High school students in Visalia could soon be getting a little more elbow room.
On Tuesday, June 26th, the Visalia Unified School District Board (VUSD) unanimously approved the adoption of a general obligation bond for the November 2018 ballot. According to a presentation given to the board by VUSD Superintendent Dr. Todd Oto, the bond would include $109 million allocated for the building of a fifth high school and modernization/safety upgrades for eligible school campuses.
Before his presentation, the superintendent prefaced, “Our purpose with facilities is to keep pace with growth throughout the community through new construction. It’s also to modernize instructional space… and to keep pace [with the growing advances in learning]. Which leads us to the third and most important purpose here which is for equity, access, and opportunity for all of the children.”
This is the second bond proposed and approved by the board within six years.
In 2012, Measure E was pushed through and allowed the district to borrow $60.1 million which modernized many elementary schools, allowed for a new middle school, two new elementary schools, and a new wing for the Redwood High School campus. Measure E will continue to be paid with property taxes within the district boundary lines until 2041.
If the new bond measure is passed by voters this November, there would be a tax impact on property owners.
As it stands now with Measure E, the payment is $18 for every $100,000 assessed value (AV). The November bond would see that price increase to $57 per $100,000 AV as the new bond compounds upon Measure E. This price would vary for each individual owner.
For example, say a certain house’s AV is at $150,000 (which is the median house price in Visalia), the tax payment would be approximately $85. If we break it down in monthly payments, that would be around $7 or $8.
This begs the question: what do we, the average citizens, get for our contribution?
Modernization efforts, for instance, would include 70-inch and 50-inch monitors used in lieu of projectors, removal of carpets and installment of polished concrete flooring, painting, and other general maintenance procedures according to the Visalia Times-Delta interview of VUSD Facilities Director Gerry Lemus.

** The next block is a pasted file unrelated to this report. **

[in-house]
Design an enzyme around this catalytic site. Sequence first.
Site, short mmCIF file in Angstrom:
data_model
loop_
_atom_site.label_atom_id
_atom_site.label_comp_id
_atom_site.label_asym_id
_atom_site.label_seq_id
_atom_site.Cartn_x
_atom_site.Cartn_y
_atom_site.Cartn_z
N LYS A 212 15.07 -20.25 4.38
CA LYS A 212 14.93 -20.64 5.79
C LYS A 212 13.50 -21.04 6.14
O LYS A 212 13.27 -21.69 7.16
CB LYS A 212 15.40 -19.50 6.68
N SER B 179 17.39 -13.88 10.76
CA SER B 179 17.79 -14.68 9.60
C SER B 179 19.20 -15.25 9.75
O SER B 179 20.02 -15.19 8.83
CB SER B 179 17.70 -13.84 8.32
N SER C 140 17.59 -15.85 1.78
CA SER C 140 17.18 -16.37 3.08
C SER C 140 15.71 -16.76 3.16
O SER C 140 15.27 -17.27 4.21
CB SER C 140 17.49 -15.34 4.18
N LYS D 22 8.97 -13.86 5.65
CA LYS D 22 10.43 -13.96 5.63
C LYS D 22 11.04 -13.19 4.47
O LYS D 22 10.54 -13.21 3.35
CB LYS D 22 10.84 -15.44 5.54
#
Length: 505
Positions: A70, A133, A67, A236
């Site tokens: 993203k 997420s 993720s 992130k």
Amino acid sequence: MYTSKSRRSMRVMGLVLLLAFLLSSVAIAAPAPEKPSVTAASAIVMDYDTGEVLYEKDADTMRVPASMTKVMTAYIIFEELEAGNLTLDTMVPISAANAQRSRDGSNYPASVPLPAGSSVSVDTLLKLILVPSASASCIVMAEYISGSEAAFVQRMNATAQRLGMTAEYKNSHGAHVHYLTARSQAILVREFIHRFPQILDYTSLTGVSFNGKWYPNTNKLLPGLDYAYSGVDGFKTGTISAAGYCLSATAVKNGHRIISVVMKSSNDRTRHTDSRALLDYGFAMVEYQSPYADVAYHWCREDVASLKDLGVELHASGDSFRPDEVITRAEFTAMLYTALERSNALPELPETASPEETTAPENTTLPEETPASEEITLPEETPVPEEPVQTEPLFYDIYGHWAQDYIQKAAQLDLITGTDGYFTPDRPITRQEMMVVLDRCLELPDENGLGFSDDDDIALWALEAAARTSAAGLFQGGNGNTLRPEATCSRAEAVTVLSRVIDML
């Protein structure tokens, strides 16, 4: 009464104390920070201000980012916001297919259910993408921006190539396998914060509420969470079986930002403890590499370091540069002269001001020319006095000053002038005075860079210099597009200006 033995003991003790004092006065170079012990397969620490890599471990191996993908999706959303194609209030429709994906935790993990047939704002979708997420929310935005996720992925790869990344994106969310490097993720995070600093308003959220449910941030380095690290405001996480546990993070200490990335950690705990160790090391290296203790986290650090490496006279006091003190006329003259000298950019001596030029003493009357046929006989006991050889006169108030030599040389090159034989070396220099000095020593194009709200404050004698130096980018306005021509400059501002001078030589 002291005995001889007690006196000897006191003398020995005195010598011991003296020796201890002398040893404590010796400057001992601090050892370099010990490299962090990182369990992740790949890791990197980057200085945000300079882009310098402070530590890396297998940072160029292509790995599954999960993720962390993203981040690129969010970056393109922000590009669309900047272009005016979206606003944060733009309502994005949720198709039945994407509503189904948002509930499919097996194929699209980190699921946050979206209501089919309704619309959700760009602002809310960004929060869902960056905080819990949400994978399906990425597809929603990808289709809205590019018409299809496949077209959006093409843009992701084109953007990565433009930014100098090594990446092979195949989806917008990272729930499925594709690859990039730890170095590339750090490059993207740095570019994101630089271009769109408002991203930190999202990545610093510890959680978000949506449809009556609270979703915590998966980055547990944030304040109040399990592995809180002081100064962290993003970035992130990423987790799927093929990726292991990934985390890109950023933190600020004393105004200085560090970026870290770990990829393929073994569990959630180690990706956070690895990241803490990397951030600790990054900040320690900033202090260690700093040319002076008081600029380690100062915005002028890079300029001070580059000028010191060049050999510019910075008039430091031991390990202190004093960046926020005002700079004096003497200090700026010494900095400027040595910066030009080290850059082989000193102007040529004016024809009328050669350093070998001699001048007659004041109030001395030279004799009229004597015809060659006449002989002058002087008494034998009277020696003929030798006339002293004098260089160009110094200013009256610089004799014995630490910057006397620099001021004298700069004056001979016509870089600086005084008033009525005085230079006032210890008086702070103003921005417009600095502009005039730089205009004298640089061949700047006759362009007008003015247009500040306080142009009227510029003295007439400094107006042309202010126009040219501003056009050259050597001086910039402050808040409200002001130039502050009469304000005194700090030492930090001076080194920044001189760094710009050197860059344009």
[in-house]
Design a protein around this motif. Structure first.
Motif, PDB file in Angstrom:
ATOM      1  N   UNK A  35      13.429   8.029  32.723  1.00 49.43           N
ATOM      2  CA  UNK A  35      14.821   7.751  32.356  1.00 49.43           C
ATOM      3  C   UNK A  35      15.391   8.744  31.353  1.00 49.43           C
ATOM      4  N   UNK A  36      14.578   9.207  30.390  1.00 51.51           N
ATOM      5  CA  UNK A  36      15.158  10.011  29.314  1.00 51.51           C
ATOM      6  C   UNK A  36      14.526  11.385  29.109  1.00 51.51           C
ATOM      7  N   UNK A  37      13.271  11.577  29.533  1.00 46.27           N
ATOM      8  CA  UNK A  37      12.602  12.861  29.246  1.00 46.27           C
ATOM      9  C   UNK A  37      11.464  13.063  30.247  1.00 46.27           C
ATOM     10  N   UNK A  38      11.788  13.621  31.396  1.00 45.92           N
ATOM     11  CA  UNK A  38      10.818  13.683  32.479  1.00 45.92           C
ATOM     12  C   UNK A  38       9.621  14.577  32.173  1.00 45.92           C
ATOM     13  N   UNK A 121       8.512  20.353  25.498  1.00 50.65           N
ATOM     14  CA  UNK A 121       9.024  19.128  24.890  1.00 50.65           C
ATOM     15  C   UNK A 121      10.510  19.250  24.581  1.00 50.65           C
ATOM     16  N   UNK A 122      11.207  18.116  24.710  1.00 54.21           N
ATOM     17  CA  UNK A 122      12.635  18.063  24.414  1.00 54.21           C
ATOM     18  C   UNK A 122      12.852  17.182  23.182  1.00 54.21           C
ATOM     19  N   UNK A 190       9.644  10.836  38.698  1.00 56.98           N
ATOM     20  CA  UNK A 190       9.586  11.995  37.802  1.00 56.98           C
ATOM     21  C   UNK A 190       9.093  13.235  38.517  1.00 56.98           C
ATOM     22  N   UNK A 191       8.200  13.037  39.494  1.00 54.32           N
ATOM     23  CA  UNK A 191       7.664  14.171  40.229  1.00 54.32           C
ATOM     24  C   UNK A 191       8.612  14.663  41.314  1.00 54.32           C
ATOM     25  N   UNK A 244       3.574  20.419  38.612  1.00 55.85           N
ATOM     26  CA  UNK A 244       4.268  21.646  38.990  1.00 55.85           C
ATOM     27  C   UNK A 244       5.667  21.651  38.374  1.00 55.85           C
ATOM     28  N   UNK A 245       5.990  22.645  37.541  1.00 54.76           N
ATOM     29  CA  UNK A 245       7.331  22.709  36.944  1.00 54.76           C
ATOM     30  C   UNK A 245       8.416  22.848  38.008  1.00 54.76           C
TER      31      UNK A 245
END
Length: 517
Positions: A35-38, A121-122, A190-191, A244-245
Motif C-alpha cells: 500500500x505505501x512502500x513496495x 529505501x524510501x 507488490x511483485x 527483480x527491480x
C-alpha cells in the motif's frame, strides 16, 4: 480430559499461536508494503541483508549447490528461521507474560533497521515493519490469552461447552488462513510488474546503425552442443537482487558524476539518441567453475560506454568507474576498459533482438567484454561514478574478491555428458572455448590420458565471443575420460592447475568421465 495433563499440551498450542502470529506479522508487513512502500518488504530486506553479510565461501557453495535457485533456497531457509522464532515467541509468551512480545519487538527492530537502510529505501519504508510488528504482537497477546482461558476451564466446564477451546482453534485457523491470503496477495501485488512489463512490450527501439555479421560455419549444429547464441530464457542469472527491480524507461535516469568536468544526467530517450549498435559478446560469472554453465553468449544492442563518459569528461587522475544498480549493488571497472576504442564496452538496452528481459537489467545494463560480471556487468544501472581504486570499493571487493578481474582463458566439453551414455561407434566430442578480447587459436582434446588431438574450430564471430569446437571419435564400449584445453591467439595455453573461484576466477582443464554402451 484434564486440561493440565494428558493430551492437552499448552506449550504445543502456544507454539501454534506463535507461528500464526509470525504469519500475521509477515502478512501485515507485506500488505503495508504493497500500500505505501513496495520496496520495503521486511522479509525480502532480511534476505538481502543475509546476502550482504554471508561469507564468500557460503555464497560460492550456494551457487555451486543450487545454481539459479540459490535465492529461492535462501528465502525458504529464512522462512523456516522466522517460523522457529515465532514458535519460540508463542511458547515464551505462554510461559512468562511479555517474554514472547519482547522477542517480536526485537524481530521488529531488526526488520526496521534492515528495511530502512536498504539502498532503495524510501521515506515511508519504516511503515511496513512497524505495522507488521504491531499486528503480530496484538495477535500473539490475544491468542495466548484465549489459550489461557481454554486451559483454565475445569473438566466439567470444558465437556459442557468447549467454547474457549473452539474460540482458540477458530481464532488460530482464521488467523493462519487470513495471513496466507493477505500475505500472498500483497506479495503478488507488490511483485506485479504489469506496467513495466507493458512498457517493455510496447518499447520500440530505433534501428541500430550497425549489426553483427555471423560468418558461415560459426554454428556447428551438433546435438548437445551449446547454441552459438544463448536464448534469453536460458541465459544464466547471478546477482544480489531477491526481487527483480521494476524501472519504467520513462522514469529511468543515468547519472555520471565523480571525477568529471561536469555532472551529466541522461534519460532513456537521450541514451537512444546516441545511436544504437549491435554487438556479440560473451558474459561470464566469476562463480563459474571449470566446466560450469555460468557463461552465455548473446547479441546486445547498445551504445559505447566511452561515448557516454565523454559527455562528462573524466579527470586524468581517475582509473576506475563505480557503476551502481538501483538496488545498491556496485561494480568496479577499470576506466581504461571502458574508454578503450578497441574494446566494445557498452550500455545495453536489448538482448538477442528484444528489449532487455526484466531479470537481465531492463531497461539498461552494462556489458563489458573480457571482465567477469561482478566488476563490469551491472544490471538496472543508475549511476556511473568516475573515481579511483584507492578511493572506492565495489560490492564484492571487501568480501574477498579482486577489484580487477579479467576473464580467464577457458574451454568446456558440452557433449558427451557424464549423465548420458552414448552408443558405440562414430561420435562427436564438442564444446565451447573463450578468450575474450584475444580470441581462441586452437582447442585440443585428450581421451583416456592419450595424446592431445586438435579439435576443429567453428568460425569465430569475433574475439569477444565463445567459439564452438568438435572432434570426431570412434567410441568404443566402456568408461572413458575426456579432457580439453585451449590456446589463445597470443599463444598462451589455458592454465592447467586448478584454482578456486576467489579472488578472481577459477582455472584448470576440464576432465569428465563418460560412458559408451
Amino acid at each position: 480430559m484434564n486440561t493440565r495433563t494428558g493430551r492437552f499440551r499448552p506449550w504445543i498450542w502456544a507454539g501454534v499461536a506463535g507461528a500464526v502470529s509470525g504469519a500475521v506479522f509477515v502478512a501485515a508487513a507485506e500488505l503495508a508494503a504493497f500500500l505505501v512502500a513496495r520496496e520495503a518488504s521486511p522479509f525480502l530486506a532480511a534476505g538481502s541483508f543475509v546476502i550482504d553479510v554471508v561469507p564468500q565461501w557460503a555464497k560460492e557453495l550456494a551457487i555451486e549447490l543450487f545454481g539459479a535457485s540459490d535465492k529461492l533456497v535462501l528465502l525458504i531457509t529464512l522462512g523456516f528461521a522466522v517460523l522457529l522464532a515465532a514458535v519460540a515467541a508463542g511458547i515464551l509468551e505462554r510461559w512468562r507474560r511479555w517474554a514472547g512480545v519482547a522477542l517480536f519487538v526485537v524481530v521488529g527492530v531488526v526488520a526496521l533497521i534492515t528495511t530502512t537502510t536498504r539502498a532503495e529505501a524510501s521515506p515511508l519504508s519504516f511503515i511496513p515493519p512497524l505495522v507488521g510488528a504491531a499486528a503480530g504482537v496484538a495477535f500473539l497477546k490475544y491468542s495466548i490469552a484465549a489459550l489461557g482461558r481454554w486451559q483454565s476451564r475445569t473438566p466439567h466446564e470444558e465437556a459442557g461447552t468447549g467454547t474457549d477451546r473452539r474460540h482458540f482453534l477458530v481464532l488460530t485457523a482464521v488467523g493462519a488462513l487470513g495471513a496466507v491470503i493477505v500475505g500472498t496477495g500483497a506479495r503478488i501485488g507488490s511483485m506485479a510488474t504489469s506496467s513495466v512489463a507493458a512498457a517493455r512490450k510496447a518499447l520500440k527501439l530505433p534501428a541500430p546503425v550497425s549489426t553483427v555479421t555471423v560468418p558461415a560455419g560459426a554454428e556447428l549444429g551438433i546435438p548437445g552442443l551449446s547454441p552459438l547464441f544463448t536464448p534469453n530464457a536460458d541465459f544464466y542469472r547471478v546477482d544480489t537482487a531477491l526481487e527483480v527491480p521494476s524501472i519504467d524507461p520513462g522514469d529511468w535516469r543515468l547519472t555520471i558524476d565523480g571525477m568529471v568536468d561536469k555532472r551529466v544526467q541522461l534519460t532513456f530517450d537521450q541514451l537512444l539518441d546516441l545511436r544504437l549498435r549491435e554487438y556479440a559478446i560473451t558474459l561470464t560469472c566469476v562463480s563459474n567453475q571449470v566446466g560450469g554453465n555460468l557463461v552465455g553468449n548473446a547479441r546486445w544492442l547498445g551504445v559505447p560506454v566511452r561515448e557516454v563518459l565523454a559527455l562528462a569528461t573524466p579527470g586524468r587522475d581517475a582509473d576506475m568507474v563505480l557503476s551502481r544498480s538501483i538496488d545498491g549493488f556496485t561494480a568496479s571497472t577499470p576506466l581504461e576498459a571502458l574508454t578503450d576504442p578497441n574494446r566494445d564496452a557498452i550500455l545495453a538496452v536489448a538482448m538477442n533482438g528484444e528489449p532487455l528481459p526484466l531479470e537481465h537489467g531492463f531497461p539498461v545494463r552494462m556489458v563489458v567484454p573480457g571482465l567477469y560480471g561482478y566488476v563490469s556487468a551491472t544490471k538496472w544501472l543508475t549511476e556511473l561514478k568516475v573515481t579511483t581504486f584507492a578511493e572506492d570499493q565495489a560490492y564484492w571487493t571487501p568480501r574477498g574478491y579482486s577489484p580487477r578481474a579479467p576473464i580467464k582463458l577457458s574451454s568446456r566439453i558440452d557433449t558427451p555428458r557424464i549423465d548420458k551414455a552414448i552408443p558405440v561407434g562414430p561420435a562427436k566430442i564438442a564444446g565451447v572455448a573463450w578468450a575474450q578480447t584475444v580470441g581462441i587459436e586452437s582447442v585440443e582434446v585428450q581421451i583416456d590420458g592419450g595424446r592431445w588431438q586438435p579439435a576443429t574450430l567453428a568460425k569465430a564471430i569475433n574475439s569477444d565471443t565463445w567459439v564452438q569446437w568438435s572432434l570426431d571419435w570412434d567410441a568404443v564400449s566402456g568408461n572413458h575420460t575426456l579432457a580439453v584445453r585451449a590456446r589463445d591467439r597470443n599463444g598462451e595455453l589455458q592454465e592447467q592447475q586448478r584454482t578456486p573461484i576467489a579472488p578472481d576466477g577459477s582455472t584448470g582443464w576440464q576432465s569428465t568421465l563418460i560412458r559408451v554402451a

This is what the school board likes to call “21st-century learning” which integrates contemporary technology into the classroom in order to enhance learning.
Safety improvements would be made alongside these modernization upgrades. Board member Juan Guerrero confirmed that a safety oversight committee would be implemented.
This committee would be responsible for determining what the next level is for school safety beyond the single point of entry which is already used at most, if not all, schools.
The committee would be made up of teachers, classified staff, and administrators working alongside city professionals such as police and fire officials. Altogether, the safety and modernization would contribute to $34 of the estimated $109 million needed by the district.
The rest of the bond would go towards building a new high school near the newly built Ridgeview Middle School.
The money would go toward a full set of facilities including modern science labs, a point stressed by Dr. Oto in his presentation, alongside facilities for arts and sports.
Visalia has a rather lopsided high school population right now. As the north and west sides of the town expand and the population grows, Redwood and El Diamante high schools become more top-heavy with students.
A new high school would relieve much of the pressure on these two schools and not only give good opportunities to the students who move to the new high school, but give the existing schools a manageable population.
This is an important decision that will decide how the district will proceed with school populations and deterioration of certain campuses.